Extinction and the Olympic Peninsula

Following a month of travel and visiting family and friends in California and Oregon, I met up with artist-beat-writer-poet-friend Trevien Stanger in Washington for a circumnavigation of the Olympic National Park. From coastal camping to running through the rainforest, this place sings songs, and we spent a few days joining in. Photos + quotes from Elizabeth Kolbert’s highly anticipated new book I just finished, The Sixth Extinction: An Unnatural History. Haunting and illuminating. (Spoiler Alert: We’re in it and we’re causing it.)

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“What history reveals, in its ups and downs, is that life is extremely resilient but not infinitely so. There have been very long uneventful stretches and very, very occasionally ‘revolutions on the surface of the earth’…To the extent that we can identify the causes of these revolutions, they’re highly varied: glaciation in the case of the end-Ordovician extinction, global warming  and changes in the ocean chemistry at the end of the Permian, an asteroid impact in the final seconds of the Cretaceous. The current extinction has its own novel cause: not an asteroid or a massive volcanic eruption but ‘one weedy species.’ As Walter Alvarez put it to me: ‘We’re seeing right now that a mass extinction can be caused by human beings.'”

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“Ocean acidification is sometimes referred to global warming’s ‘equally evil twin…‘ No single mechanism explains all the mass extinctions in the world, and yet changes in ocean chemistry seem to be a pretty good predictor. Ocean acidification played a role in at least two of the Big Five extinctions…and quite possibly it was a major factor in the third.”

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“If 25 years ago it seemed true that all mass extinctions would ultimately be traced to the same cause, now the reverse seems to be true. As in Tolstoy, every extinction event appears to be unhappy–and fatally so–in its own way. It may, in fact, be the very freakishness of the events that renders them so deadly; all of the sudden organisms find themselves facing conditions for which they are evolutionarily, completely unprepared.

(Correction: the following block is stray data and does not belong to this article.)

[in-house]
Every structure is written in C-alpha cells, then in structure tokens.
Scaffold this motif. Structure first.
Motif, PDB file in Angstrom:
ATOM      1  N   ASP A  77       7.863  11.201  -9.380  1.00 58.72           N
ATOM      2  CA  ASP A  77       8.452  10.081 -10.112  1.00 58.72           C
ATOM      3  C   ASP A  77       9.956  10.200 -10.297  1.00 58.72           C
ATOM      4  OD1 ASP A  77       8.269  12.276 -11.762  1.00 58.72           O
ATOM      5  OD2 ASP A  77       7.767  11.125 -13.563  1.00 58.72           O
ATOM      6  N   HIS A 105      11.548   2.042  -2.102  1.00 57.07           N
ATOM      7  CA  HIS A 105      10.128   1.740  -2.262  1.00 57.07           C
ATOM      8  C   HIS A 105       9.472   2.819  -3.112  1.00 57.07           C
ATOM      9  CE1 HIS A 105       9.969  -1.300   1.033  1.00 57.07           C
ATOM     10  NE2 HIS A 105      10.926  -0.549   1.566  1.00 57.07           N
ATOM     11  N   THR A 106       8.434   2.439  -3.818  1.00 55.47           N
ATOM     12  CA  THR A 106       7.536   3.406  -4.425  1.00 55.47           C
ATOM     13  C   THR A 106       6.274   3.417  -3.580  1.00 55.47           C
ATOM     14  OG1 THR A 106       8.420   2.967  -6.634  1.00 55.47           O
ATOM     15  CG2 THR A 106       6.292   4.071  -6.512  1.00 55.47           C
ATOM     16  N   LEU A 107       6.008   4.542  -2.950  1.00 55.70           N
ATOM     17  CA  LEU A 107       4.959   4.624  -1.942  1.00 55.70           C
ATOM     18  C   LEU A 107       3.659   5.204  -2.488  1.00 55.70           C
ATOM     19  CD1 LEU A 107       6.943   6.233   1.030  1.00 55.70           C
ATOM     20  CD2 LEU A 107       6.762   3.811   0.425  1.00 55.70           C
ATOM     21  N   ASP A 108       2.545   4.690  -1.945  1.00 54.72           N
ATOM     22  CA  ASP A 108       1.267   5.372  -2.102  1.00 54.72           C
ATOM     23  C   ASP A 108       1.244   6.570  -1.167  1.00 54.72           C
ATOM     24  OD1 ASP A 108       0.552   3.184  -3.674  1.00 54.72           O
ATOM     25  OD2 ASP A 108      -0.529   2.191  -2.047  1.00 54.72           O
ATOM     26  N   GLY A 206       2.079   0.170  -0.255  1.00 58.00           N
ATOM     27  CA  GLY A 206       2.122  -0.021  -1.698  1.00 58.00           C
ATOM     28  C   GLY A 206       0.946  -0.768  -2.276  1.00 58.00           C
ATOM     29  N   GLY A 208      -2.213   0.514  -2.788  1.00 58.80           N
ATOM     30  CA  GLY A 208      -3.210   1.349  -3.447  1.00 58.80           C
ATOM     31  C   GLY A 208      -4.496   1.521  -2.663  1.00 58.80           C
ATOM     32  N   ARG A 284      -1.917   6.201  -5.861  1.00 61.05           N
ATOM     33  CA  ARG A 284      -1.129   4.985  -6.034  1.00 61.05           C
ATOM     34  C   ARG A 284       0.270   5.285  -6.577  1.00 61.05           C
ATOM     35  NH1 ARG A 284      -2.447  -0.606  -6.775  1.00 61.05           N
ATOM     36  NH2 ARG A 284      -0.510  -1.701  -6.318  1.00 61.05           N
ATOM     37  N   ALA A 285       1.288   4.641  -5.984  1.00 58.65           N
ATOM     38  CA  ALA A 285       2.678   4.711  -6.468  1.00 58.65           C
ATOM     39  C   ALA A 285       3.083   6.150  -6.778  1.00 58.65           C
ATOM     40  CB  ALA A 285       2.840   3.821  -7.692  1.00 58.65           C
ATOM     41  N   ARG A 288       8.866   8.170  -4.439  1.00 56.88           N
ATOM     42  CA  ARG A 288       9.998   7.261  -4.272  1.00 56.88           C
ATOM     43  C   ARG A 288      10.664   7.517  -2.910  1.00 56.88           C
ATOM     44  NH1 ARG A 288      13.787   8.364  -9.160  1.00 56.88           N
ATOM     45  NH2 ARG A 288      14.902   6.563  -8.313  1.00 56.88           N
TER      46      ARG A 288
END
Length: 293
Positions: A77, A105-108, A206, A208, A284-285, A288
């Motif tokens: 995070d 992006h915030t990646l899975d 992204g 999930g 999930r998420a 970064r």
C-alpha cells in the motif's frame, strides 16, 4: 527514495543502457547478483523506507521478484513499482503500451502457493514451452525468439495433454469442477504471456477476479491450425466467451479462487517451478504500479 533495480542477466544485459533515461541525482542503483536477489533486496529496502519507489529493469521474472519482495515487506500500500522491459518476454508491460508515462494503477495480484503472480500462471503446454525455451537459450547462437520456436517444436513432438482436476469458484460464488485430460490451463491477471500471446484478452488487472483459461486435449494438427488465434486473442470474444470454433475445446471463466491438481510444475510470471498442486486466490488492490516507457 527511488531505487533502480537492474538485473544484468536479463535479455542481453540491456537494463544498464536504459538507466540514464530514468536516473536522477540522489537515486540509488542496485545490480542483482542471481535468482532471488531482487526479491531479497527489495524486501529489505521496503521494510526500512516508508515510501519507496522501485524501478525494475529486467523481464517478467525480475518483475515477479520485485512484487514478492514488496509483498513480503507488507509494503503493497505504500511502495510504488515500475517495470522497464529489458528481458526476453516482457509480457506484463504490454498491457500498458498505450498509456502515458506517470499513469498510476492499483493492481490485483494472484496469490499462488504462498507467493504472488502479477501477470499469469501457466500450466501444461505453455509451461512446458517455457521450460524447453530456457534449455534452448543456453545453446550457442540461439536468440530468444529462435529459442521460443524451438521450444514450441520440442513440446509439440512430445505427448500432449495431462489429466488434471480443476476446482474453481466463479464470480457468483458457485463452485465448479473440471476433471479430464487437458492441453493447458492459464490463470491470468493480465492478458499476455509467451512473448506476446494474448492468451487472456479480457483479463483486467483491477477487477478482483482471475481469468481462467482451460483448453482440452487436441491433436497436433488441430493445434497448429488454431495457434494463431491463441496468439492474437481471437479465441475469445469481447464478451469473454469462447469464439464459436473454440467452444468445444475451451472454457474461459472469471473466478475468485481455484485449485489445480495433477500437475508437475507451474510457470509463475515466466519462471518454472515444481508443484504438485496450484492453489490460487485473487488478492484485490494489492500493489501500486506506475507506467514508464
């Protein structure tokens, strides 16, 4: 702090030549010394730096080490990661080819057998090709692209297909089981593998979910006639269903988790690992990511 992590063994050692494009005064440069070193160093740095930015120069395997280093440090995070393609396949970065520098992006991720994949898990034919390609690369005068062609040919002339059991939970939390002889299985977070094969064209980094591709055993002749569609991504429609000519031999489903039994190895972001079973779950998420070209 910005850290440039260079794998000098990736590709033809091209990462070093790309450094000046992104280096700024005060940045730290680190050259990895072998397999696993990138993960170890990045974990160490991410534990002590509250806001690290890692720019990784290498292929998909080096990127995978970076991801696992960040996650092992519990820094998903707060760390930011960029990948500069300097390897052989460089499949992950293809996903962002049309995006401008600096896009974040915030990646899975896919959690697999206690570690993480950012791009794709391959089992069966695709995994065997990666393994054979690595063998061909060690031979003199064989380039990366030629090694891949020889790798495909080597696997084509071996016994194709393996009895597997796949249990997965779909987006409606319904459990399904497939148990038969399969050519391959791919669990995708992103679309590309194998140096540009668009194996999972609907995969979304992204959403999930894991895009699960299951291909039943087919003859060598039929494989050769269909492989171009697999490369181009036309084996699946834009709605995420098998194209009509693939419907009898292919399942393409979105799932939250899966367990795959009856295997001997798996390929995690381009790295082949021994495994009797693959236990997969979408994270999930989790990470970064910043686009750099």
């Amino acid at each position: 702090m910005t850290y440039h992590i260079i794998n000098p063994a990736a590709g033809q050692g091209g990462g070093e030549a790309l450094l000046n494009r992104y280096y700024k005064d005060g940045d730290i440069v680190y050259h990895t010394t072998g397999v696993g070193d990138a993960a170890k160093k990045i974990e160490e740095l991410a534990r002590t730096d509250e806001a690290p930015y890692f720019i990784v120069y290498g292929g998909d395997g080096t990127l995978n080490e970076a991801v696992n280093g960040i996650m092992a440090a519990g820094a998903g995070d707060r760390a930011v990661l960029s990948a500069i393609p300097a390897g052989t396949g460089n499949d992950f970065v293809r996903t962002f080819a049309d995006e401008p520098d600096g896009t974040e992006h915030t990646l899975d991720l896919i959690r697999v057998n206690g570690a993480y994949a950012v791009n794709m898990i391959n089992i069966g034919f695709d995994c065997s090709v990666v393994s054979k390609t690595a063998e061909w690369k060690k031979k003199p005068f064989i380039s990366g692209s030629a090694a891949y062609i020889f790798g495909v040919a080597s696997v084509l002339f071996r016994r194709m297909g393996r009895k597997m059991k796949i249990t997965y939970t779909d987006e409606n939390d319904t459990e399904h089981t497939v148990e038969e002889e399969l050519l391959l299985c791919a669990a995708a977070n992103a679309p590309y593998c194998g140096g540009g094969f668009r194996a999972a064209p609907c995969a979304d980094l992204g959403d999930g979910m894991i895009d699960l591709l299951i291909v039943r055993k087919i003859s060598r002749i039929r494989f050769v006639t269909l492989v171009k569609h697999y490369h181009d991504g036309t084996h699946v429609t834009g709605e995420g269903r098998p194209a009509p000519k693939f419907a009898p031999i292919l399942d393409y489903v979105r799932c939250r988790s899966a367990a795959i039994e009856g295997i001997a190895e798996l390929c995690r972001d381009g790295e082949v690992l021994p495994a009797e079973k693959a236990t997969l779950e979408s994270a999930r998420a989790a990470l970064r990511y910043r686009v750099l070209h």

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“By burning through coal and oil deposits, humans are putting carbon back into the air that has been sequestered for tens–in most cases–hundreds of millions of years. In the process, we are running geologic history not only in reverse but at warp speed.”

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“In its magnitude, the temperature change projected for the coming century is roughly the same as the temperature swings of the ice ages…But if the magnitude of change is similar, the rate is not, and, once again, the rate is key. Warming today is taking place at least ten times faster than it did at the end of the last glaciation, and at the end of all those glaciations that preceded it.”

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“‘This is a qualitatively different set of stresses that we are putting on species,’ Silman told me. ‘In other kinds of human disturbances there were always spatial refugees. Climate affects everything.‘ Like ocean acidification, it is a global phenomenon, or, to borrow from Cuvier, a ‘revolution on the surface of the earth.'”

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“…there’s a dark synergy between (habitat) fragmentation and global warming…A species that needs to migrate to keep up with the rising temperatures, but is trapped in a forest fragment–even a very large forest fragment–is a species that isn’t likely to make it. One of the features of the Anthropocene is that the world is changing in ways that compel species to move, and another is that it’s changing in ways that create barriers–roads, clear-cuts, cities–that prevent them from doing so.”

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“What matters is that people change the world…This capacity predates modernity, though, of course, modernity is its fullest expression. Indeed this capacity is probably indistinguishable form the qualities that made us human to begin with: our restlessness, our creativity, our ability to cooperate to solve problems and complete complicated tasks.”

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“With the capacity to represent the world in signs and symbols comes the capacity to change it, which, as it happens, is also the capacity to destroy it. A tiny set of genetic variables divides us from the Neanderthals, but that has made all the difference.

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